The χ2 test was used to test the difference of distribution in sex, insurance fee (<14,400, 14,400–18,300, 18,301–21,000, and >21,000 New Taiwan Dollar), urbanization, and comorbidity among air pollutant quartiles. One-way analysis of variance test was used to test the mean age in each air pollutant quartile. The incidence of AMD (per 10,000 person-years) was counted in different air pollutant quartiles. The Cox proportional hazard regression was used to estimate the HRs and 95% CIs for AMD in Q2–Q4 levels of air pollution compared with AMD in the lowest one (Q1). The multivariable model was used to adjust for age, sex, insurance fee, urbanization, alcoholism, IHD, COPD, DM, hyperlipidemia, and hypertension. Smoking is a risk factor for AMD.16 Since the dataset did not provide information for the smoking status, alcoholism and COPD were used as surrogates for smoking in the multivariable analysis, which were used in our previous studies.7 17 The Kaplan-Meier analysis was used to plot the AMD-free rate curve and log-rank test was used to test the difference among air pollution quartiles. All analyses were performed using SAS V.9.3 and the SPSS V.15.1). Data were presented as mean ±SD. All statistical tests were considered statistically significant when two-tailed p values were <0.05.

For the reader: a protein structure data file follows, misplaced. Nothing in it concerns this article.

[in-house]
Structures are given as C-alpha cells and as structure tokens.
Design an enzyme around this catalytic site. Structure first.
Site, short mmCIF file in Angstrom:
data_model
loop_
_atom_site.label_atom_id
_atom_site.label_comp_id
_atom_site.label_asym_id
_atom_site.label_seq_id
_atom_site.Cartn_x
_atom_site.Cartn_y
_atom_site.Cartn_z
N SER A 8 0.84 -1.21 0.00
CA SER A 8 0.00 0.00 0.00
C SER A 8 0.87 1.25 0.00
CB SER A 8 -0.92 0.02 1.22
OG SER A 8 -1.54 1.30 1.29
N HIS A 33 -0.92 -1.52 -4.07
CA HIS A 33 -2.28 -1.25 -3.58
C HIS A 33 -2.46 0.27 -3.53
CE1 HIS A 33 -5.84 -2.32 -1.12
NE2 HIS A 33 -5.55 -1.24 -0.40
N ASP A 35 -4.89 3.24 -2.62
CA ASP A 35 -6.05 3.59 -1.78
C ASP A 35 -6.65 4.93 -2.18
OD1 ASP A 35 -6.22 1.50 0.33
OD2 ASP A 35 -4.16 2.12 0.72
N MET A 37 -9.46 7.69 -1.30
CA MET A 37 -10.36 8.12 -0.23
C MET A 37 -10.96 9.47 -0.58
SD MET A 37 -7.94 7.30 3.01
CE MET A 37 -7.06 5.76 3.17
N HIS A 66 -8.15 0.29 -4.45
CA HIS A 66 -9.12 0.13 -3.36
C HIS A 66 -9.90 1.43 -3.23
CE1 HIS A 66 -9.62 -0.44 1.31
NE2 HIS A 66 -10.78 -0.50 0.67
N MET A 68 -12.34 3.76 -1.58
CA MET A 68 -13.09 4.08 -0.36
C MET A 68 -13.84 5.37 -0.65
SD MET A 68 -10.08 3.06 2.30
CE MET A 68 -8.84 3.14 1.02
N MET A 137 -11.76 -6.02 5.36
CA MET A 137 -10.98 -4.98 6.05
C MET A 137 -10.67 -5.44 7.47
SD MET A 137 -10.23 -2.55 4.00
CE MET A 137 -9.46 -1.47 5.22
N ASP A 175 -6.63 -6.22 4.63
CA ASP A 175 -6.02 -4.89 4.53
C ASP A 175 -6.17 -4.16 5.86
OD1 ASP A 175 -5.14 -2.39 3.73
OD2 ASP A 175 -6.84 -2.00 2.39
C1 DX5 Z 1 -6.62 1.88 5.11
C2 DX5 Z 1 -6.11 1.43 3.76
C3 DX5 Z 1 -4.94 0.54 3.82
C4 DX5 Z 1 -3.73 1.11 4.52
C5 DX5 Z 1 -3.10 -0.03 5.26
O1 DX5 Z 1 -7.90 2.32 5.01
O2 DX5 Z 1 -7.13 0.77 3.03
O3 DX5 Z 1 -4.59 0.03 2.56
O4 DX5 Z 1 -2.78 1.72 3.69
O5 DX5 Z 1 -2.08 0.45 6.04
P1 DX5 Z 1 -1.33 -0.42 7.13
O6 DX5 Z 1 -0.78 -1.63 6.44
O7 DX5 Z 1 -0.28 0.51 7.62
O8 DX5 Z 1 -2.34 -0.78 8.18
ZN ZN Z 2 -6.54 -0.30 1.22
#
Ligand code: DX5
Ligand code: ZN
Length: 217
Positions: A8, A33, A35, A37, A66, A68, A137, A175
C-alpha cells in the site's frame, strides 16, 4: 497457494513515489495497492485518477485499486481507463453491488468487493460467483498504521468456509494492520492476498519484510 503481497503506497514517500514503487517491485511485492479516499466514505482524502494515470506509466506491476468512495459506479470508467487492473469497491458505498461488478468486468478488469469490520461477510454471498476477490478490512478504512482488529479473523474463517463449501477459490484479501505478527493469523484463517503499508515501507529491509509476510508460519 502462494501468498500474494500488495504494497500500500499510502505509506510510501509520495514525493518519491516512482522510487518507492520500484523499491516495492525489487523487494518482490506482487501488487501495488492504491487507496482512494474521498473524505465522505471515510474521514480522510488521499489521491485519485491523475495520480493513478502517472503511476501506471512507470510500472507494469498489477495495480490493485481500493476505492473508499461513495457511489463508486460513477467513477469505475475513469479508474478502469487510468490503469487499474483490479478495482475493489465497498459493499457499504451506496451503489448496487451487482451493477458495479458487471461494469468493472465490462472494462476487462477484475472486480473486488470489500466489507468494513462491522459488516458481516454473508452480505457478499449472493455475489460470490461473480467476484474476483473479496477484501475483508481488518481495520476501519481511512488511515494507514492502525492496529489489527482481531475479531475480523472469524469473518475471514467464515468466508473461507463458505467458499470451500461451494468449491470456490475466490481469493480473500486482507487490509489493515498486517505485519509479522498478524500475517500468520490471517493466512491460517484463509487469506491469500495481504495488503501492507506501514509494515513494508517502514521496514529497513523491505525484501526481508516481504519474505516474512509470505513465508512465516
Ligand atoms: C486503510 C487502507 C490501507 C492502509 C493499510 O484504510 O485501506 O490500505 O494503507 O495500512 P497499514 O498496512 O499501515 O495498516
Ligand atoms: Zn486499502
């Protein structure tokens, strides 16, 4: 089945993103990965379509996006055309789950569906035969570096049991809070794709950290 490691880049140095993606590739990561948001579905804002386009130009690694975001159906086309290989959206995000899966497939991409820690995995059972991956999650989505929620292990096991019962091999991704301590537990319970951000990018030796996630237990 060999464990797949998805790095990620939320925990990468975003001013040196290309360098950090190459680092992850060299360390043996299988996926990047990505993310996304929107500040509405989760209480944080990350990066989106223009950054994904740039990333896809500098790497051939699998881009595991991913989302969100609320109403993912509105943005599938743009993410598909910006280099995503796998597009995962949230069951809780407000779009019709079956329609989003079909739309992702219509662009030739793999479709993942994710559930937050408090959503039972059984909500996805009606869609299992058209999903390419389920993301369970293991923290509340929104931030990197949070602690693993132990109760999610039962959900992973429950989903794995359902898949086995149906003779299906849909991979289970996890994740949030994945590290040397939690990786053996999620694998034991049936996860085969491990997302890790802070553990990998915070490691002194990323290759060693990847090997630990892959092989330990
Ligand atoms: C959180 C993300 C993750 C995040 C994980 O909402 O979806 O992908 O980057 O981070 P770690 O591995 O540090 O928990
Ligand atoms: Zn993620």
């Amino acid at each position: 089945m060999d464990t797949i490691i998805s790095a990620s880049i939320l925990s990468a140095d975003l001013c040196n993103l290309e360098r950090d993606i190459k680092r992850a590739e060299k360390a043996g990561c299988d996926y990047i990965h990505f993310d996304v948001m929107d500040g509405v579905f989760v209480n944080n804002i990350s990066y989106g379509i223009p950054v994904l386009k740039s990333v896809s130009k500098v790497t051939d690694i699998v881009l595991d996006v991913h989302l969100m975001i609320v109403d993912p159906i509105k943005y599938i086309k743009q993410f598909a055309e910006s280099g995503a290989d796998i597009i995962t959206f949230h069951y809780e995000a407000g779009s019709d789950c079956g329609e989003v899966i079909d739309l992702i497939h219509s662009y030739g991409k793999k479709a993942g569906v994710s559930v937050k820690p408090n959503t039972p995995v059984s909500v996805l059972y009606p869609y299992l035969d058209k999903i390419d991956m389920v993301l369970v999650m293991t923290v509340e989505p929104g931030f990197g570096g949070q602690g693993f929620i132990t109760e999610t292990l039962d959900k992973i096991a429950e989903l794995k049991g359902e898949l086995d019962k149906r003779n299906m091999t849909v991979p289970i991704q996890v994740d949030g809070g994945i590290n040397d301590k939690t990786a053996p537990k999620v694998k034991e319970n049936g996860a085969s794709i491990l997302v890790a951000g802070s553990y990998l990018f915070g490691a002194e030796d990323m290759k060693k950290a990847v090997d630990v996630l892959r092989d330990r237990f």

The present study included the follow-up data on 39,819 residents who were aged 50 or older and did not have AMD upon enrollment (table 1). After the 11-year follow-up, 1442 participants developed AMD. The mean age upon enrollment was 62.33±8.87 years, and men accounted for 47.0% of all participants. The mean follow-up period was 10.77±2.63 years for all of the participants. Most of them lived in either highly (30.1%) or moderately (32.5%) urbanized areas.
The demographic information separated by the four levels of ambient NO2 exposure is shown in table 2. The residents in the lowest NO2 exposure areas were oldest but had the lowest incidence of AMD (2.8%), while the residents in the highest NO2 exposure areas had the highest incidence AMD (5.4%, table 2).
The demographic data according to the CO exposure levels showed a similar trend (table 3). The highest rate (5.8%) of newly diagnosed AMD was among the people living in the area with the highest CO exposure. The mean of annually total pollution for each quantile and the incidence of AMD over the study years are shown in figure 1.